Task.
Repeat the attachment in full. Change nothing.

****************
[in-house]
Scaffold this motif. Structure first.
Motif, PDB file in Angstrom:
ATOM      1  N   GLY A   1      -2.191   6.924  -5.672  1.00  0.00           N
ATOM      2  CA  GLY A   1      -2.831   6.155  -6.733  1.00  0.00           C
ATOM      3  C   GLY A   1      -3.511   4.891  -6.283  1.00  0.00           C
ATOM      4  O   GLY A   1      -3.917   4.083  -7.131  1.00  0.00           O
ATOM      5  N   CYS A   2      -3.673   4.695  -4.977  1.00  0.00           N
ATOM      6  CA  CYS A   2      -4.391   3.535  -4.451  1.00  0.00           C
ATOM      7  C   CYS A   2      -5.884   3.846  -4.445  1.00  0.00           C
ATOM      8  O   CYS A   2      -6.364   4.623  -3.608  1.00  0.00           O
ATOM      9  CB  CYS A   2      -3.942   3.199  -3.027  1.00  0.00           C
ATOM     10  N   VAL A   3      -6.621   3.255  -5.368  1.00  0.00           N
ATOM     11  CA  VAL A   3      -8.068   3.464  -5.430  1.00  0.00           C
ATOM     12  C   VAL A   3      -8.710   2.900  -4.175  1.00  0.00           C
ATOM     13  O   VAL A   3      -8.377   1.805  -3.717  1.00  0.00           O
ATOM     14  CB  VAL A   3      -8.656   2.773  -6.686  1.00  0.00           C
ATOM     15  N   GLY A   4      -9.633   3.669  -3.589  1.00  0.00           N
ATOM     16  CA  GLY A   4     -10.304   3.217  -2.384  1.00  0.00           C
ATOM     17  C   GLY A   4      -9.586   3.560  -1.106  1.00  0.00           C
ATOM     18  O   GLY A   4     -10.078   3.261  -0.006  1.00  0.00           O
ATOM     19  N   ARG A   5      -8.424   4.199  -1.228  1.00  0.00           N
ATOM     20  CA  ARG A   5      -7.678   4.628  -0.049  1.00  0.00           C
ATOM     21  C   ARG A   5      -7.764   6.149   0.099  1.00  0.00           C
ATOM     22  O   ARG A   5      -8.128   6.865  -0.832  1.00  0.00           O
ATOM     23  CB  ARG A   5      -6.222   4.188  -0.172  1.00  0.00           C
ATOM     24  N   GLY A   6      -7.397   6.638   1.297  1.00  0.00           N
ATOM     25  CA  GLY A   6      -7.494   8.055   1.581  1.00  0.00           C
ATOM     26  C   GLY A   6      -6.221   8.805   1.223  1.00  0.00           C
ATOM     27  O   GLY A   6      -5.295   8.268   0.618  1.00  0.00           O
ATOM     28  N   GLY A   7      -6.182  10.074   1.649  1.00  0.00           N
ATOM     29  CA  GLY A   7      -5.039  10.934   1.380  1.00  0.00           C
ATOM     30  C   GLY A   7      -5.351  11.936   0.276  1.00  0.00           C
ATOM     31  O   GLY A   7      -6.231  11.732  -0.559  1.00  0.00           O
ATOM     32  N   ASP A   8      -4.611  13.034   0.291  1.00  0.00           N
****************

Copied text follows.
[in-house]
Scaffold this motif. Structure first.
Motif, PDB file in Angstrom:
ATOM      1  N   GLY A   1      -2.191   6.924  -5.672  1.00  0.00           N
ATOM      2  CA  GLY A   1      -2.831   6.155  -6.733  1.00  0.00           C
ATOM      3  C   GLY A   1      -3.511   4.891  -6.283  1.00  0.00           C
ATOM      4  O   GLY A   1      -3.917   4.083  -7.131  1.00  0.00           O
ATOM      5  N   CYS A   2      -3.673   4.695  -4.977  1.00  0.00           N
ATOM      6  CA  CYS A   2      -4.391   3.535  -4.451  1.00  0.00           C
ATOM      7  C   CYS A   2      -5.884   3.846  -4.445  1.00  0.00           C
ATOM      8  O   CYS A   2      -6.364   4.623  -3.608  1.00  0.00           O
ATOM      9  CB  CYS A   2      -3.942   3.199  -3.027  1.00  0.00           C
ATOM     10  N   VAL A   3      -6.621   3.255  -5.368  1.00  0.00           N
ATOM     11  CA  VAL A   3      -8.068   3.464  -5.430  1.00  0.00           C
ATOM     12  C   VAL A   3      -8.710   2.900  -4.175  1.00  0.00           C
ATOM     13  O   VAL A   3      -8.377   1.805  -3.717  1.00  0.00           O
ATOM     14  CB  VAL A   3      -8.656   2.773  -6.686  1.00  0.00           C
ATOM     15  N   GLY A   4      -9.633   3.669  -3.589  1.00  0.00           N
ATOM     16  CA  GLY A   4     -10.304   3.217  -2.384  1.00  0.00           C
ATOM     17  C   GLY A   4      -9.586   3.560  -1.106  1.00  0.00           C
ATOM     18  O   GLY A   4     -10.078   3.261  -0.006  1.00  0.00           O
ATOM     19  N   ARG A   5      -8.424   4.199  -1.228  1.00  0.00           N
ATOM     20  CA  ARG A   5      -7.678   4.628  -0.049  1.00  0.00           C
ATOM     21  C   ARG A   5      -7.764   6.149   0.099  1.00  0.00           C
ATOM     22  O   ARG A   5      -8.128   6.865  -0.832  1.00  0.00           O
ATOM     23  CB  ARG A   5      -6.222   4.188  -0.172  1.00  0.00           C
ATOM     24  N   GLY A   6      -7.397   6.638   1.297  1.00  0.00           N
ATOM     25  CA  GLY A   6      -7.494   8.055   1.581  1.00  0.00           C
ATOM     26  C   GLY A   6      -6.221   8.805   1.223  1.00  0.00           C
ATOM     27  O   GLY A   6      -5.295   8.268   0.618  1.00  0.00           O
ATOM     28  N   GLY A   7      -6.182  10.074   1.649  1.00  0.00           N
ATOM     29  CA  GLY A   7      -5.039  10.934   1.380  1.00  0.00           C
ATOM     30  C   GLY A   7      -5.351  11.936   0.276  1.00  0.00           C
ATOM     31  O   GLY A   7      -6.231  11.732  -0.559  1.00  0.00           O
ATOM     32  N   ASP A   8      -4.611  13.034   0.291  1.00  0.00           N